The prosecution on Wednesday indicted former executives of Hyundai Motor and Kia Motors on charges of delaying recall processes in Korea for 18 months, though they were allegedly aware of engine defects.
According to the Seoul Central District Prosecutors’ Office, three former executives who were responsible of product quality between 2015 and 2017 were indicted on charges of violating the Motor Vehicle Management Act.
The companies were aware of problems such as engine stalls, connecting rods wearing out and other issues when they recalled vehicles with Theta 2 engines in the US in September 2015, prosecutors said. Even though they were aware of such cases, executives didn’t recall products with similar problems in South Korea and started recalling products 18 months later in April 2017.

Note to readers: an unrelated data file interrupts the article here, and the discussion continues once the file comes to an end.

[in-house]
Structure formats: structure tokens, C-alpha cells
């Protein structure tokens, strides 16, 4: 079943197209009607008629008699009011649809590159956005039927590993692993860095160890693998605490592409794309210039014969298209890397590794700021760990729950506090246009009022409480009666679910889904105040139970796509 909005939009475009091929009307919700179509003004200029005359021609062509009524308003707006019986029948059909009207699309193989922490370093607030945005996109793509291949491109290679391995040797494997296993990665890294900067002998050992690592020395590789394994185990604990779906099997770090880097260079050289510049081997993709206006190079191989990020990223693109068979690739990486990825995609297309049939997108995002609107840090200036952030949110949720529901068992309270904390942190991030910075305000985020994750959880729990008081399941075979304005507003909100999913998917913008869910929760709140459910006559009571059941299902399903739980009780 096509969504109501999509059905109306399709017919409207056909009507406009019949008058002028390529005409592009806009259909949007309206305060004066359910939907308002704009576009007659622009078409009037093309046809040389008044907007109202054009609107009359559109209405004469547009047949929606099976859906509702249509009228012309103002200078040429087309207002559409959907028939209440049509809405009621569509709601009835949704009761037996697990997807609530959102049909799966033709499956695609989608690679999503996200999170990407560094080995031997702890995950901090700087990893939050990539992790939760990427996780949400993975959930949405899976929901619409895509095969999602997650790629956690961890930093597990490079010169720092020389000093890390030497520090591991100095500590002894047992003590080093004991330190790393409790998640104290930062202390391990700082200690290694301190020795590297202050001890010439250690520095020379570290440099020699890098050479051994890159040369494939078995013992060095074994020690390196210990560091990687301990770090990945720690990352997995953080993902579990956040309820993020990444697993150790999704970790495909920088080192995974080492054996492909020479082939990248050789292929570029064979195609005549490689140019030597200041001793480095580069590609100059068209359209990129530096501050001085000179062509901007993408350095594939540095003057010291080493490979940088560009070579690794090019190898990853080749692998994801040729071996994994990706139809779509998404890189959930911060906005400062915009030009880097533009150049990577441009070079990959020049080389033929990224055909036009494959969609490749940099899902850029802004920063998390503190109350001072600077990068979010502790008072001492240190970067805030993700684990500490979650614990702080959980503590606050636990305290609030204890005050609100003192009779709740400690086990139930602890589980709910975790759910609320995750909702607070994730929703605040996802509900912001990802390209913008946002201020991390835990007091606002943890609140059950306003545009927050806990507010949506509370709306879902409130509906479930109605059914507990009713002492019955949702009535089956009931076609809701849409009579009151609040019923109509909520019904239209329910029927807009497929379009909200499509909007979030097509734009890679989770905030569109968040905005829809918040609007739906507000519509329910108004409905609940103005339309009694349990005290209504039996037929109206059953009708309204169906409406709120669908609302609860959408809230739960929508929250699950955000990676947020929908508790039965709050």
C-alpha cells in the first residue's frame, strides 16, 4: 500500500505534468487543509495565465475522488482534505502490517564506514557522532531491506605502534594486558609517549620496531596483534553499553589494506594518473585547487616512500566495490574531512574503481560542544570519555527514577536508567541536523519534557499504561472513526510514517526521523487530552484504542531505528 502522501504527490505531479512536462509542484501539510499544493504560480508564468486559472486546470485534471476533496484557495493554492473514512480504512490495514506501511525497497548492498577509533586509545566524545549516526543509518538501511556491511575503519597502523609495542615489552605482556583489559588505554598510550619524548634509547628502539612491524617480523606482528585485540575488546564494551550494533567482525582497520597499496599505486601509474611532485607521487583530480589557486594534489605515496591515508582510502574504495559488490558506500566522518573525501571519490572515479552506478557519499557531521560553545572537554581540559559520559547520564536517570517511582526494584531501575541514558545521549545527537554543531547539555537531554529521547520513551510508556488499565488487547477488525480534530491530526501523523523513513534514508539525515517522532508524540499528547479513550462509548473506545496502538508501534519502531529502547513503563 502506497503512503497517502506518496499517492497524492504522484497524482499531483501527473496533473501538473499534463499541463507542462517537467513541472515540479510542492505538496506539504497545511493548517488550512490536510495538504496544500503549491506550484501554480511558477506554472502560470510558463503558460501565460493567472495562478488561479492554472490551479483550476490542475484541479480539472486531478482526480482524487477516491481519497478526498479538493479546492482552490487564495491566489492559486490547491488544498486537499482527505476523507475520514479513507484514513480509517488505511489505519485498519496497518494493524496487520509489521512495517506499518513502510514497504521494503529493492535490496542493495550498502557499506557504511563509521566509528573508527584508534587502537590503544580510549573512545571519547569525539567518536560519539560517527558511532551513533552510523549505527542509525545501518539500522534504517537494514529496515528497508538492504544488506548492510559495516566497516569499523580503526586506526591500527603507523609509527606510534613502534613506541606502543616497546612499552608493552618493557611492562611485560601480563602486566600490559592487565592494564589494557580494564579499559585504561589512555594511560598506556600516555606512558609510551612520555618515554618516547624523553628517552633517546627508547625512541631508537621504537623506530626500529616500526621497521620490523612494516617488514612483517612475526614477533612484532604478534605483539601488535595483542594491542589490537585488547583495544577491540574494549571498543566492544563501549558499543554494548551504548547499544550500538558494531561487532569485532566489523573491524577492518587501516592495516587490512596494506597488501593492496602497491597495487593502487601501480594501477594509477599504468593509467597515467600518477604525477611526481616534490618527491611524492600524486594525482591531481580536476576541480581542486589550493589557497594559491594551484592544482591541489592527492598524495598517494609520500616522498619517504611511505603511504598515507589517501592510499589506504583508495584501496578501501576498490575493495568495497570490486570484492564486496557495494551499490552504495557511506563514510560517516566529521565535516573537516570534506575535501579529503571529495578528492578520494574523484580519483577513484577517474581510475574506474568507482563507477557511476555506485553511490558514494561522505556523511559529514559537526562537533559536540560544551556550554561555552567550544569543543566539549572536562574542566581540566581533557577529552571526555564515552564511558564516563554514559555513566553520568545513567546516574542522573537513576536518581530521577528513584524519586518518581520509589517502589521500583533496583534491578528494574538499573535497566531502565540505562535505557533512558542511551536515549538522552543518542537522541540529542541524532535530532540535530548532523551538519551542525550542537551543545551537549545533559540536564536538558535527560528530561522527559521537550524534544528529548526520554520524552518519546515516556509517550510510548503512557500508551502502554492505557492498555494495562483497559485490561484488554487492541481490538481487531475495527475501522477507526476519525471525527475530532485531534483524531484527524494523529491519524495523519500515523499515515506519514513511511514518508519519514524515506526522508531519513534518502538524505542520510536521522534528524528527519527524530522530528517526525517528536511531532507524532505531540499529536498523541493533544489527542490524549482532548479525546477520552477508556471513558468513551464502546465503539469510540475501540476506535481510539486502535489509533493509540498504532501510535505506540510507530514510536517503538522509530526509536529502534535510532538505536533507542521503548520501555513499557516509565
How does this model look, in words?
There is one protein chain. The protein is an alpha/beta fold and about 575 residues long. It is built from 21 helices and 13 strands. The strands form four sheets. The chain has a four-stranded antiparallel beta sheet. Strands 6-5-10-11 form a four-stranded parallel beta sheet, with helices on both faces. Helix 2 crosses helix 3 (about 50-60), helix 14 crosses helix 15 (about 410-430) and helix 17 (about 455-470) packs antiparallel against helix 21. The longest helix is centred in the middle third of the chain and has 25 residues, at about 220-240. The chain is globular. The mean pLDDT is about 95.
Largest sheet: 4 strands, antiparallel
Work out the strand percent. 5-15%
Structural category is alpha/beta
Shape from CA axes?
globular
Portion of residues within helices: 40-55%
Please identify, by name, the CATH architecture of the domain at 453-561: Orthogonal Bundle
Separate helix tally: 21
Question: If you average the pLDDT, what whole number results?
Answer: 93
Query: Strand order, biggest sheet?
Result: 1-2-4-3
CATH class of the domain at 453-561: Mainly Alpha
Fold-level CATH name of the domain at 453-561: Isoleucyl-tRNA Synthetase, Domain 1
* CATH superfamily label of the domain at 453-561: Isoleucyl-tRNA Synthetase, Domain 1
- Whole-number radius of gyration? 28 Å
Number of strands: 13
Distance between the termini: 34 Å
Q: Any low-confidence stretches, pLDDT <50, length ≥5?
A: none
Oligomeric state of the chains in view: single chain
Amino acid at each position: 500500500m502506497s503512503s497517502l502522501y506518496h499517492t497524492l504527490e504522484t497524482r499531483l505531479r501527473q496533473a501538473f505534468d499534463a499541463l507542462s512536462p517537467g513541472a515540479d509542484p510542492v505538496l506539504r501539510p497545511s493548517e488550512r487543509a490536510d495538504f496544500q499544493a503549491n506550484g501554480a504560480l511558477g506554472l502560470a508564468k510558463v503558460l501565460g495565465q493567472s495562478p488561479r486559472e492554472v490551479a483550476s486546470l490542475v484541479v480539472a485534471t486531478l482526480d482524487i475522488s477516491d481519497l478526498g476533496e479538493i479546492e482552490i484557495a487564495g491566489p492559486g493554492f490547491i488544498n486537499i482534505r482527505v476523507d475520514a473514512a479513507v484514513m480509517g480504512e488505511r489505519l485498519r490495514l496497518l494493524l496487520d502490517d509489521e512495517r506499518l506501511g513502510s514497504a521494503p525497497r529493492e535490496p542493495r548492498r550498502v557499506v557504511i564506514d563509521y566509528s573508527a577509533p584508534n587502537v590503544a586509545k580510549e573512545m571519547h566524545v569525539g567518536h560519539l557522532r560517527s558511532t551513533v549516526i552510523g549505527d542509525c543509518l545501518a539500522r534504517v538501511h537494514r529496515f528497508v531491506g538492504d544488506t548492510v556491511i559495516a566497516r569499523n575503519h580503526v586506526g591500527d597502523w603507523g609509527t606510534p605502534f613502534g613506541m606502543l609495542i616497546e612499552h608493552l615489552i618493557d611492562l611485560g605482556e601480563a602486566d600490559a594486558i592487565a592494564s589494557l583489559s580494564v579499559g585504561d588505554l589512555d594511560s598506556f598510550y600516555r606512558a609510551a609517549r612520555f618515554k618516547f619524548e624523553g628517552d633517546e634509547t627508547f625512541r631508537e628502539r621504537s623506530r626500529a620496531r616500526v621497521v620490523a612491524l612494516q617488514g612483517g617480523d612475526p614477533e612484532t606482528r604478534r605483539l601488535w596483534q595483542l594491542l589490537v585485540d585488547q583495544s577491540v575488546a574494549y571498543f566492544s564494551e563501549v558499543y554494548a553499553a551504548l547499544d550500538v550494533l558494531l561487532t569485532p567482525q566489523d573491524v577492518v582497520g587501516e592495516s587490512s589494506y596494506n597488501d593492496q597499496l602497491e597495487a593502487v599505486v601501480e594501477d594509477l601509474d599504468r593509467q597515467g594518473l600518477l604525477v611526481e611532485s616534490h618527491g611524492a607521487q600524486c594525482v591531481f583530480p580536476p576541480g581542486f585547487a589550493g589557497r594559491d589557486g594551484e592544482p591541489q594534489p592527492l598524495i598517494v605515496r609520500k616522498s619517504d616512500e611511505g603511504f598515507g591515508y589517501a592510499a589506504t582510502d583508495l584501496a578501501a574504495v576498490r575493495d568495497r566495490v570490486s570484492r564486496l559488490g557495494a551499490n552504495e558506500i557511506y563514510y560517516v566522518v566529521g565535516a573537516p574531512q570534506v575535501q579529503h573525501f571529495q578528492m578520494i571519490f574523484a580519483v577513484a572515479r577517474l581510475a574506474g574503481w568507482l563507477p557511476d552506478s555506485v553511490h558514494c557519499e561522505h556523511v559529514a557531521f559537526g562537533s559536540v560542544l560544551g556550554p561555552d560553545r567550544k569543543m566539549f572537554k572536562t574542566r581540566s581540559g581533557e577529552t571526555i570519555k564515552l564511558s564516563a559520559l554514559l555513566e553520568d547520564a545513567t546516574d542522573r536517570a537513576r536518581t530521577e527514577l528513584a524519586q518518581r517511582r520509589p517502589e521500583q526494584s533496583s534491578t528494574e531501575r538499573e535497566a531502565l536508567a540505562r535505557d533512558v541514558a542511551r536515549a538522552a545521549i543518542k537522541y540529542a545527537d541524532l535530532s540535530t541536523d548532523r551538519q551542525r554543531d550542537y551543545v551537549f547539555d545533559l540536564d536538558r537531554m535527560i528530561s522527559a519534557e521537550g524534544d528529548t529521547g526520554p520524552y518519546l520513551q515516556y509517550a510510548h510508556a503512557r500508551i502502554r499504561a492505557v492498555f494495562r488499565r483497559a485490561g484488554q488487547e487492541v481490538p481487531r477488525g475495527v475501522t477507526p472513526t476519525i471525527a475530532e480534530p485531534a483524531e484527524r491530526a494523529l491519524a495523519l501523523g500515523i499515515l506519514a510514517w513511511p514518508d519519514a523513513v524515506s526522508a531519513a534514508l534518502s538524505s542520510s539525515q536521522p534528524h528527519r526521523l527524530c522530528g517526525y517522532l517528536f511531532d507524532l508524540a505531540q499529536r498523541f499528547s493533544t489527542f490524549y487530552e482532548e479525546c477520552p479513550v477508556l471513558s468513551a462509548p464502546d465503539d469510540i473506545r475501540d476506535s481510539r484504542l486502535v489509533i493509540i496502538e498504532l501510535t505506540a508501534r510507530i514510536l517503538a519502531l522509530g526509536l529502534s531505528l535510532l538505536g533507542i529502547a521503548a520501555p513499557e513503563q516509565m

The Vehicle Management Act in South Korea requires auto manufacturers to disclose any defects they discover without any delay and conduct corrective measures. Violators face up to 10 years in prison or a maximum fine of 100 million won, according to the law.
Hyundai and Kia, meanwhile, expressed regret, citing ambiguity in the law.
“We express regret over the Korean Prosecutor’s decision to indict the company on the alleged violation of the Motor Vehicle Management Act. The Act has been deemed unclear and broad in its recall procedures, causing confusion to both manufacturers and consumers, and questions have been raised over its constitutionality,” said a Hyundai-Kia official.
“Hyundai and Kia consider safety as the top priority for our customers, and will continue to offer products and services of the highest quality.”
By Cho Chung-un (firstname.lastname@example.org)